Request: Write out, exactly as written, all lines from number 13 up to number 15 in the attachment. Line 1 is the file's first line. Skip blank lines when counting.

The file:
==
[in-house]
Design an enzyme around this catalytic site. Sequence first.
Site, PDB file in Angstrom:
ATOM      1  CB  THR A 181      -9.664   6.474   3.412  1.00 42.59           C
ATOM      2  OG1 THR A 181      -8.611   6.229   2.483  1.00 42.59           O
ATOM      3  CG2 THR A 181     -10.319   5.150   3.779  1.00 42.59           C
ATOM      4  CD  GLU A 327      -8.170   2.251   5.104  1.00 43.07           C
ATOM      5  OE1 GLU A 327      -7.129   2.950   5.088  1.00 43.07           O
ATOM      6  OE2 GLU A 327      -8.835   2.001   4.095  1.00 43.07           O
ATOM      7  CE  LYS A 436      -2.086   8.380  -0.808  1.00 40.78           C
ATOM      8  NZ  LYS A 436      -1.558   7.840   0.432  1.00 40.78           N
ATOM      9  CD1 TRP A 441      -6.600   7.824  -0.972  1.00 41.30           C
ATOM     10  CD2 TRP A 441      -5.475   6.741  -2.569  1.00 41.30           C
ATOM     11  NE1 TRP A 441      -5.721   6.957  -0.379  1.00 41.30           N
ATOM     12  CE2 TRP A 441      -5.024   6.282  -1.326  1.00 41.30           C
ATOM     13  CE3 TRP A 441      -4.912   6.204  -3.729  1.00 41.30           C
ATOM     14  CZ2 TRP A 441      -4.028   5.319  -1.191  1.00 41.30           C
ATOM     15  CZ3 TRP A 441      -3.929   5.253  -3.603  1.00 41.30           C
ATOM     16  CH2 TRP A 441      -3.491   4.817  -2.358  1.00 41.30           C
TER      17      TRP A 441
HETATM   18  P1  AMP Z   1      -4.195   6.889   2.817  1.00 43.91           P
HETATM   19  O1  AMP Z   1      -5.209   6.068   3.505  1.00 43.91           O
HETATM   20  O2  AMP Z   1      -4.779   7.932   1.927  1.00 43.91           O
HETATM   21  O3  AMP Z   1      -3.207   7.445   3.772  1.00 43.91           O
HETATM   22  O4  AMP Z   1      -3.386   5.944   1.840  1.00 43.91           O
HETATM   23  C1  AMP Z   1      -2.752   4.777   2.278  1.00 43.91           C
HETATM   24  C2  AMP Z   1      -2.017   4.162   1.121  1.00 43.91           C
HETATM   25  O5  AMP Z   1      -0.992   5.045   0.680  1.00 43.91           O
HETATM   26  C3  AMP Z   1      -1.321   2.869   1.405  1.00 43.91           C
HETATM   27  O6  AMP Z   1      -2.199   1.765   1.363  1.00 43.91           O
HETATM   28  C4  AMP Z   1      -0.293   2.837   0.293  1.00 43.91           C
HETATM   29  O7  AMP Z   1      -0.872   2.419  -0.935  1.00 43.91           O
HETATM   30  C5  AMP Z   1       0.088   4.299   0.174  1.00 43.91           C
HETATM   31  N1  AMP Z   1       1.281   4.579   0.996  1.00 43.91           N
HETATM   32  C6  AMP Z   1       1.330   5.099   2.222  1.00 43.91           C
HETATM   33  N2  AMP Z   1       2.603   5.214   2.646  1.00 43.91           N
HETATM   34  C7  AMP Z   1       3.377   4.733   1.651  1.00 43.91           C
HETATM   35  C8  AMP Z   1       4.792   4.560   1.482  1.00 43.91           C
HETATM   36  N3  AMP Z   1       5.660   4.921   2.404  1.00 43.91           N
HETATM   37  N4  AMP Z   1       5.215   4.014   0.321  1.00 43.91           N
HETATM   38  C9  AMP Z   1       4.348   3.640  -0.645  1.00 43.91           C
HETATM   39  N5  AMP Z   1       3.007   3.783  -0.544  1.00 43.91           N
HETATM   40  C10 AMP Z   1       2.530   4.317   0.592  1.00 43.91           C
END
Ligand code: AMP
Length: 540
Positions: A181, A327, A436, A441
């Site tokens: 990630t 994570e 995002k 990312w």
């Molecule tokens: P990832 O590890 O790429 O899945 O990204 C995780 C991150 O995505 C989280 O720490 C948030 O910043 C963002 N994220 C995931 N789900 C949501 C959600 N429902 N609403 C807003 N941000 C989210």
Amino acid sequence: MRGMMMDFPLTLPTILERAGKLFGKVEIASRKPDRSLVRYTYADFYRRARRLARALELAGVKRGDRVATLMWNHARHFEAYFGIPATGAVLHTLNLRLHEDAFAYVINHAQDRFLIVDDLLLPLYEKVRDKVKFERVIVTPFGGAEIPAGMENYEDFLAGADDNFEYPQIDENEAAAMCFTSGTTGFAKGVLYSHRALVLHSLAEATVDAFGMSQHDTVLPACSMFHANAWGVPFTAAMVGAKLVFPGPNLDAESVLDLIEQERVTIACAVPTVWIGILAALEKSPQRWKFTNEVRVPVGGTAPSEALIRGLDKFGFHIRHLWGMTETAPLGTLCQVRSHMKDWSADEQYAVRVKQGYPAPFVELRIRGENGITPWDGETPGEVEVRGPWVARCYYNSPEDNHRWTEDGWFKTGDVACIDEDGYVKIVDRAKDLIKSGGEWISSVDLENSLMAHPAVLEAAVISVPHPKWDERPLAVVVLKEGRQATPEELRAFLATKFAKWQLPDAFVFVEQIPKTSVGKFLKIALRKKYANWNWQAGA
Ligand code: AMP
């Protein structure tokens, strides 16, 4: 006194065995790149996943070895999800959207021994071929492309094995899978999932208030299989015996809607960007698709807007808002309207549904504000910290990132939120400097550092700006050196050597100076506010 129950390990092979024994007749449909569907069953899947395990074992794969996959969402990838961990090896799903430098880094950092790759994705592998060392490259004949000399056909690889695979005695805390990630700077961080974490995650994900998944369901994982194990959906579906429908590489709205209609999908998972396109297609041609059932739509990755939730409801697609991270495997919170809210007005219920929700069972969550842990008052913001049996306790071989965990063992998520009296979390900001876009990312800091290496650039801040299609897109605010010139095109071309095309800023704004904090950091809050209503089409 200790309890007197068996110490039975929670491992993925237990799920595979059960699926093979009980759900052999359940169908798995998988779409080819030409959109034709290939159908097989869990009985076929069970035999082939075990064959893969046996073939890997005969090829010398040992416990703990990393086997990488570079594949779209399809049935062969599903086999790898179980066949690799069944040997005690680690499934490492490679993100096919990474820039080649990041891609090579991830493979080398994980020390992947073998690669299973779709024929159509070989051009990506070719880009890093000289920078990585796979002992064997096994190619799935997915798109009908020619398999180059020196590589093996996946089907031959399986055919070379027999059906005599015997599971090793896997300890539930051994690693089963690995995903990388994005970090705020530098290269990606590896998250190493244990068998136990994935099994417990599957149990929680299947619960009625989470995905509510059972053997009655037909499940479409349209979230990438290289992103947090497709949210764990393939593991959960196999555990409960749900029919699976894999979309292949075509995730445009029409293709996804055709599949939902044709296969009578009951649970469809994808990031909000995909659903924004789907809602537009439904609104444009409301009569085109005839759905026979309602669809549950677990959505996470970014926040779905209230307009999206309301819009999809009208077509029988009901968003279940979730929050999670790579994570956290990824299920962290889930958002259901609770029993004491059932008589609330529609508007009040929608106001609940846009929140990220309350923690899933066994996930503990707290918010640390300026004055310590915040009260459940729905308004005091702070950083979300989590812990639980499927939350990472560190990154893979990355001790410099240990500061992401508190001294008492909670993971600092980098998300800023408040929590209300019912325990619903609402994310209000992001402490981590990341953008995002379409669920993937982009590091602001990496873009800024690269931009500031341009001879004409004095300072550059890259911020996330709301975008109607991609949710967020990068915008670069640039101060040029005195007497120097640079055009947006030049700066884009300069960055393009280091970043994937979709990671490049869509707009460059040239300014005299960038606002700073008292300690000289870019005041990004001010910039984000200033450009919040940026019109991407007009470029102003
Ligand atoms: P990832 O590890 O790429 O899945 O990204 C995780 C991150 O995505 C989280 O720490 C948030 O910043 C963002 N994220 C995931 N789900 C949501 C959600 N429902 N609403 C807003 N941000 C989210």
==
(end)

ATOM     10  CD2 TRP A 441      -5.475   6.741  -2.569  1.00 41.30           C
ATOM     11  NE1 TRP A 441      -5.721   6.957  -0.379  1.00 41.30           N
ATOM     12  CE2 TRP A 441      -5.024   6.282  -1.326  1.00 41.30           C